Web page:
A softening economy, declining consumer confidence and a consumer safety fiasco could all be potential culprits for declining new car sales among this year's Ward's Dealer Business Top 500 dealers.
The '90s was the decade of the sport/utility vehicle (SUV), but interest in the vehicle segment may be waning. "The fad is slowing down a bit," says Jim Mateyka, analyst with AT Kearney. "I guess if you're a dealer of any one particular model the model is decreasing." However, he notes that the glut of new SUVs coming out is allowing for a continuing growth in the market, but it's not growing as rapidly as in previous years.
Fred Ricart of Ricart Ford in Columbus, OH, number 2 on this year's Dealer 500, attributes some of the drop in new car sales at his dealership to the continuing Ford Explorer/Firestone tire fiasco. "We tried a variety of marketing programs, but none were effective," he says of efforts to get Explorer sales back on track. As a result, Ricart Ford’s new retail truck sales dropped to 6,875 units from last year’s 7,934 units and revenue is down to $171.4 million from last year’s $193.6 million.
Jack Fowler, president of Somerset Pontiac-GMC of Troy, MI, with 82.6% of new car and truck retail sales, says he isn't worried about being down in unit sales, blaming the economy and a "natural ebb and flow" to his customers' buying habits. "This is an area with a lot of GM employees and a lot of them buy on a two or three year basis," he says.
However, where new car sales declined for many of this year's dealers in the 500, used car sales picked up the slack. Mr. Mateyka believes used cars are "very critical" for dealers as more customers are coming to realize the difference between a new car and nearly new car isn't so great.
"That's one area that the programs for the manufacturers on the nearly new cars are getting better and better," he says of the burgeoning certified used car market. Although first started by luxury automakers like Mercedes and BMW to compete with luxury Japanese imports, certified used car programs have begun to trickle down to lower-priced segments.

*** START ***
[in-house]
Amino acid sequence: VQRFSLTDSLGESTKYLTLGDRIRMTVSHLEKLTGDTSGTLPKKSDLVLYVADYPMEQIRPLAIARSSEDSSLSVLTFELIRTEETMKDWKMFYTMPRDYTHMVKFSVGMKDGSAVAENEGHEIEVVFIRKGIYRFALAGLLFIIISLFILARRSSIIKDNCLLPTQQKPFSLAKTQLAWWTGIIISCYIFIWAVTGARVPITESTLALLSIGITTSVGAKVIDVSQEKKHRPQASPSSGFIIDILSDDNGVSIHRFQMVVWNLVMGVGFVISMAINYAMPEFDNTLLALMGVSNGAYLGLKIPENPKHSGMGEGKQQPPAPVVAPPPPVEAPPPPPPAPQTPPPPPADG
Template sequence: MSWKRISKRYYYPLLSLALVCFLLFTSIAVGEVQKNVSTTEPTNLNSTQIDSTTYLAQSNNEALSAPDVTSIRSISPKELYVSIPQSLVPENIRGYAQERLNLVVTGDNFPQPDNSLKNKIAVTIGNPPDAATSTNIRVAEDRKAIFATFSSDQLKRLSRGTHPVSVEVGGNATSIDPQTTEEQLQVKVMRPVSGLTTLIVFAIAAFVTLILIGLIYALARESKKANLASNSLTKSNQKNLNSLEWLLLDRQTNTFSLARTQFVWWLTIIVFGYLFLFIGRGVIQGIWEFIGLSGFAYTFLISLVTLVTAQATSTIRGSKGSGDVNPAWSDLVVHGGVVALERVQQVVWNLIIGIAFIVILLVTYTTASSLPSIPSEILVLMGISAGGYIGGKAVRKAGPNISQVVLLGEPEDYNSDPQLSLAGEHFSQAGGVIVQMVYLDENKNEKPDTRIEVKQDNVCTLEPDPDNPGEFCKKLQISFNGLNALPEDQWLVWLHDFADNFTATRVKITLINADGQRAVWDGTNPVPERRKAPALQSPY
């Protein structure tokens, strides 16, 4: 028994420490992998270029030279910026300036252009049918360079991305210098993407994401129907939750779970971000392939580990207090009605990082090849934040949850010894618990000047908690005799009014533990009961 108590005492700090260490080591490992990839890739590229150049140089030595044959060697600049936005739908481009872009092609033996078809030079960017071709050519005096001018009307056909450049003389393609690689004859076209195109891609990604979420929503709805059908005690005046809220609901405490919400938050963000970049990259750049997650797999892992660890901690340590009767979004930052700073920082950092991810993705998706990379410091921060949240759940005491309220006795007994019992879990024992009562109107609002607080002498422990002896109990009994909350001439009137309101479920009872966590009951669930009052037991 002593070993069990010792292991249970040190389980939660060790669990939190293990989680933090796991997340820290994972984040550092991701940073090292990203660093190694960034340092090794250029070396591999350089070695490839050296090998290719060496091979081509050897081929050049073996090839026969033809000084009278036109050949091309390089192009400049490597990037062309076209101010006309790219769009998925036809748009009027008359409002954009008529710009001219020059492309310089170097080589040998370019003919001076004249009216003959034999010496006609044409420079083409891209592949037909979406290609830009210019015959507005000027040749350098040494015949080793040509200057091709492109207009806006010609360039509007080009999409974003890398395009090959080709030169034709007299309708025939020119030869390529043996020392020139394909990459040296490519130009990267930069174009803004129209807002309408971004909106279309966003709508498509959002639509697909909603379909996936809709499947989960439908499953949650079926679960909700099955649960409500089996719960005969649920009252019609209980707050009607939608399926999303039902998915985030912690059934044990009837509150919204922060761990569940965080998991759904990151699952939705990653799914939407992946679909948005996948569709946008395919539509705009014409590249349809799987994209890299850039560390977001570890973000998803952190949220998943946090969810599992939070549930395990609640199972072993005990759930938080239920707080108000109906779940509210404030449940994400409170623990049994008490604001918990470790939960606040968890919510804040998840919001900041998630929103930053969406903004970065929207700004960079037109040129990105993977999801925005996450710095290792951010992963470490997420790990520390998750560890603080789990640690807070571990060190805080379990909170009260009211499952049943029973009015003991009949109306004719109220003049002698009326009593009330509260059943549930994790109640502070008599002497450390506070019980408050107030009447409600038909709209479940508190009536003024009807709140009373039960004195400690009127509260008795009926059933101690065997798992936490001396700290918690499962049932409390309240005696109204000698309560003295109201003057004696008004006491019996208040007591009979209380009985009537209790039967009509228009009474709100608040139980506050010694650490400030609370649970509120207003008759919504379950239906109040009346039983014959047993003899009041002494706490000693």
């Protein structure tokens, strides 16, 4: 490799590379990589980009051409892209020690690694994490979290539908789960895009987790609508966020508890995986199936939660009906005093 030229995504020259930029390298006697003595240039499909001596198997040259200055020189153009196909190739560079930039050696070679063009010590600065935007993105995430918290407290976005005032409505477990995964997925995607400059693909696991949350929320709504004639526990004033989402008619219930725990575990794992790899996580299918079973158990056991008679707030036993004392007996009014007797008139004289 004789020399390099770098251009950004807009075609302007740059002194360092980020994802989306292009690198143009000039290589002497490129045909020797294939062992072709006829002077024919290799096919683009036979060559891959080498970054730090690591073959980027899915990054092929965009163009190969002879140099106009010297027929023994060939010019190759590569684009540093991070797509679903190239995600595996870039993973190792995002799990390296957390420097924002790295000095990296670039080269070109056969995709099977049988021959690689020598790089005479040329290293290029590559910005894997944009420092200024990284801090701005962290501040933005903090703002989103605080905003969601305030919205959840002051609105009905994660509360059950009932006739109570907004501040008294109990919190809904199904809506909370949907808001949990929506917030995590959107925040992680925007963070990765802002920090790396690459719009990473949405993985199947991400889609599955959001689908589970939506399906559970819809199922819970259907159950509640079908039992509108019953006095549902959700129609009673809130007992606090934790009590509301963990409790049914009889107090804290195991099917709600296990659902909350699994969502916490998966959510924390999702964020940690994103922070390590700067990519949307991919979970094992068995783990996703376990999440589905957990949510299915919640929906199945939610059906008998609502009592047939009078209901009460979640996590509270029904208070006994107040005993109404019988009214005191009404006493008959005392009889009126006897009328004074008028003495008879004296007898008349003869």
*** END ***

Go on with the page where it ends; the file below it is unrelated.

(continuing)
Mr. Mateyka also notes that the consumer is more in control now than ever. "Consumer power of those programs is very high. It's very profitable [for dealers]." He adds surveys are showing the number of people willing to buy a used car is growing.
Mr. Ricart for one sees improvement at his dealership. "The more time I spend in my used car department, the better they seem to get," he says. Ricart Ford is the used retail leader in both units and revenue on this year's Dealer 500. Units were up to 13,436 from last year’s 11,831, slightly increasing revenue from $131.4 million in 1999 to $131.5 million last year.
However, Mr. Mateyka notes that eventually the profitability of the used car business will erode as it gets more and more "institutionalized." But until then, he thinks there's "an opportunity for dealers. Consumers would rather buy a used car from the people who made it and from dealers who service it all the time."
For many dealers, success, no matter how far sales may be down or up, can be attributed to good customer service. Rick Case, owner of Rick Case Acura/Hyundai, with 79.7% of new car and truck retail sales, goes so far as to give out his home phone number to customers, in addition to his cell phone number, so he can be reached at all times. He also encourages his employees to do the same. "This is a people business, one-on-one, and you have to sell cars one at a time. Personal service is what customers want," he says.
As for where future sales will be coming from, Mr. Mateyka believes the so-called 'crossover utility' segment (CUV) will be where it's at. Products like the Acura MDX and new Buick Renedzvous, that offer the look of an SUV but the ride and feel of a car, will be popular amongst buyers. "I see the whole category broadening," he says. "There's still more innovation going on in terms of design than in the passenger car side." He points to vehicles like the Ford Explorer Sport Trac, that is an SUV with tiny pickup truck bed on the back, as an example.
Mr. Mateyka also theorizes that domestics will continue to lose market share to imports in the key SUV and truck segments, especially now that more import automakers are coming out with SUVs and trucks, long a staple of domestic automakers success.
"Toyota and Honda did not have full product lines and were aggressively focused on cars. Now Toyota has four or five SUVs," he says. "The Japan-based companies built products that are credible in the truck, sport utility and van area. I would argue Toyota's pretty much caught up but Honda is way behind because they are car and not truck or SUV focused."
Greg Penske, president of Longo Toyota of El Monte, CA, the top dealership on this year's Dealer 500 and number one in new retail car and truck units and revenue, is ready for the fight. "We've got good product and good people and I think that's a big part of our success," he says. "We're always trying new ideas and new things. The best thing is the competition is getting tougher."